Color objects can control colors programmatically, which means you can create dynamically colored elements in your movies. You can change background colors, animate colors over gradations, and allow user control over colors (with sliders, buttons, and so on).
To work effectively with colors, you must understand how to specify color values. ActionScript colors have four parts: red, green, blue, and alpha (or transparency). For the color components?each ranging in value from 0 to 255 (in standard, decimal format)?higher numbers mean brighter colors. When red, green, and blue are all 0, the resulting color is black. When red, green, and blue are all 255, the resulting color is white. When red, green, and blue are all equal, the resulting color is a shade of gray.
The alpha value determines the transparency: a value of 0 is completely transparent, and the maximum value, which depends on the method or property used to set the alpha value, is fully opaque. The maximum value for alpha is 100 when specified using the _alpha property; the maximum alpha value is 255 when specified as part of a color transformation along with RGB components.
For example, a pure blue, fully opaque color would have the following components:
Red: 0, Green: 0, Blue: 255, Alpha: 255
For colors in which you don't want to change the alpha (which defaults to the value set for the object during authoring) you can represent the RGB parts as a single value ranging from 0 to 16777215, but using the hexadecimal equivalent is much more practical.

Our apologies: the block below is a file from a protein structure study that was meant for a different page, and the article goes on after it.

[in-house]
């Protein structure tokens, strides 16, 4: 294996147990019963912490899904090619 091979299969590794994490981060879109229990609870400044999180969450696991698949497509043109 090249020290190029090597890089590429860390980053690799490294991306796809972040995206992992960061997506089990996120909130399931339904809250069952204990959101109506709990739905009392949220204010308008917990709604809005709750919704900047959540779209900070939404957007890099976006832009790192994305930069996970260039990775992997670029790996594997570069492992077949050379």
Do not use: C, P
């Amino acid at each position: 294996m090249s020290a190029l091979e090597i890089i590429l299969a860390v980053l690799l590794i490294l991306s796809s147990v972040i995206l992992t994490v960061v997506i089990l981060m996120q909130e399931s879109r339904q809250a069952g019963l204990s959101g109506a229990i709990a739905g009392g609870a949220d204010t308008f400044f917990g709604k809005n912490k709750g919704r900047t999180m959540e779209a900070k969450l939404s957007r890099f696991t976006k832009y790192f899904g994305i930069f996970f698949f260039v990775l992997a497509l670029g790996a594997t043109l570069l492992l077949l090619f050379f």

The hexadecimal representation of an ActionScript color begins with 0x and is followed by six bytes (two bytes each for red, green, and blue), so it takes the form 0xRRGGBB. For example, pure red is 0xFF0000, pure green is 0x00FF00, and pure blue is 0x0000FF. All other colors are some combination of red, green, and blue. For example, a nice lime green is 0xA9FC9C. The Flash Color Mixer panel (Shift + F9) shows the hexadecimal value for the selected color under the swatch in the lower-left portion of the panel, as shown in Figure 3-1.
Hexadecimal format makes it easy to identify the red, green, and blue components of a color. However, you are free to use the decimal equivalent. For example, 11140252 is the decimal equivalent of the hexadecimal number 0xA9FC9C.